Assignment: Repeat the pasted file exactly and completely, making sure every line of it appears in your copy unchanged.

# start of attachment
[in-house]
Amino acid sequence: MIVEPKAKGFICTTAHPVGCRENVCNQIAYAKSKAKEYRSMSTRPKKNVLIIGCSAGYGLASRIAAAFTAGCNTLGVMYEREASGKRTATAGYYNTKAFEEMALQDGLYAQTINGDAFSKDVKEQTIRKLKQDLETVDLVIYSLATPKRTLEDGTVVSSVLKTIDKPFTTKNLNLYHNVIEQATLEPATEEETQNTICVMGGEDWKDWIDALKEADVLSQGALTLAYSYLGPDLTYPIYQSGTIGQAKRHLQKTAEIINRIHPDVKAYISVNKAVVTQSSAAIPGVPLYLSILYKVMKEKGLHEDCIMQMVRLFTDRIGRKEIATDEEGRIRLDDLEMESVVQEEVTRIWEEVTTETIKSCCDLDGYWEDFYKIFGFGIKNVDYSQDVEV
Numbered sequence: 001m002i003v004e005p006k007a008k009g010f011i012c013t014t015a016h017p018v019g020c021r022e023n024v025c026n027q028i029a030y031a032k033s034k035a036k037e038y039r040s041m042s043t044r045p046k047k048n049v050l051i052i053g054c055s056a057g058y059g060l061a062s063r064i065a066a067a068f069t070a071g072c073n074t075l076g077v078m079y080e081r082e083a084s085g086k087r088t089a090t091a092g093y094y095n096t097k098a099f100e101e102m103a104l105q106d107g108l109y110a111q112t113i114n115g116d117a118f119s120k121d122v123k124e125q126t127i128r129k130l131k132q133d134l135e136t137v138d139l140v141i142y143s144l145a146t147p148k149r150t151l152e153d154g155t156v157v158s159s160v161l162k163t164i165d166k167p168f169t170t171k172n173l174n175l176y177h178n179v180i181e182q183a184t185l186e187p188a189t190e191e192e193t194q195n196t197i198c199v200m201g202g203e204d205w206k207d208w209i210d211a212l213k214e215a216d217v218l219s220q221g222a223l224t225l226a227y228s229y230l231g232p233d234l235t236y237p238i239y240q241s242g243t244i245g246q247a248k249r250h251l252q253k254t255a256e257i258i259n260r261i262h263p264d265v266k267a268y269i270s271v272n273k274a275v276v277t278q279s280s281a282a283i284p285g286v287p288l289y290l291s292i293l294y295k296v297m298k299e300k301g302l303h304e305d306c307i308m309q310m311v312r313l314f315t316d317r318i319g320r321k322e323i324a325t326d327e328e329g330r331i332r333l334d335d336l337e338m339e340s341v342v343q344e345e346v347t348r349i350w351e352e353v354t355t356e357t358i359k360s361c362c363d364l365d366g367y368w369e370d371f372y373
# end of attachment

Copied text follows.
[in-house]
Amino acid sequence: MIVEPKAKGFICTTAHPVGCRENVCNQIAYAKSKAKEYRSMSTRPKKNVLIIGCSAGYGLASRIAAAFTAGCNTLGVMYEREASGKRTATAGYYNTKAFEEMALQDGLYAQTINGDAFSKDVKEQTIRKLKQDLETVDLVIYSLATPKRTLEDGTVVSSVLKTIDKPFTTKNLNLYHNVIEQATLEPATEEETQNTICVMGGEDWKDWIDALKEADVLSQGALTLAYSYLGPDLTYPIYQSGTIGQAKRHLQKTAEIINRIHPDVKAYISVNKAVVTQSSAAIPGVPLYLSILYKVMKEKGLHEDCIMQMVRLFTDRIGRKEIATDEEGRIRLDDLEMESVVQEEVTRIWEEVTTETIKSCCDLDGYWEDFYKIFGFGIKNVDYSQDVEV
Numbered sequence: 001m002i003v004e005p006k007a008k009g010f011i012c013t014t015a016h017p018v019g020c021r022e023n024v025c026n027q028i029a030y031a032k033s034k035a036k037e038y039r040s041m042s043t044r045p046k047k048n049v050l051i052i053g054c055s056a057g058y059g060l061a062s063r064i065a066a067a068f069t070a071g072c073n074t075l076g077v078m079y080e081r082e083a084s085g086k087r088t089a090t091a092g093y094y095n096t097k098a099f100e101e102m103a104l105q106d107g108l109y110a111q112t113i114n115g116d117a118f119s120k121d122v123k124e125q126t127i128r129k130l131k132q133d134l135e136t137v138d139l140v141i142y143s144l145a146t147p148k149r150t151l152e153d154g155t156v157v158s159s160v161l162k163t164i165d166k167p168f169t170t171k172n173l174n175l176y177h178n179v180i181e182q183a184t185l186e187p188a189t190e191e192e193t194q195n196t197i198c199v200m201g202g203e204d205w206k207d208w209i210d211a212l213k214e215a216d217v218l219s220q221g222a223l224t225l226a227y228s229y230l231g232p233d234l235t236y237p238i239y240q241s242g243t244i245g246q247a248k249r250h251l252q253k254t255a256e257i258i259n260r261i262h263p264d265v266k267a268y269i270s271v272n273k274a275v276v277t278q279s280s281a282a283i284p285g286v287p288l289y290l291s292i293l294y295k296v297m298k299e300k301g302l303h304e305d306c307i308m309q310m311v312r313l314f315t316d317r318i319g320r321k322e323i324a325t326d327e328e329g330r331i332r333l334d335d336l337e338m339e340s341v342v343q344e345e346v347t348r349i350w351e352e353v354t355t356e357t358i359k360s361c362c363d364l365d366g367y368w369e370d371f372y373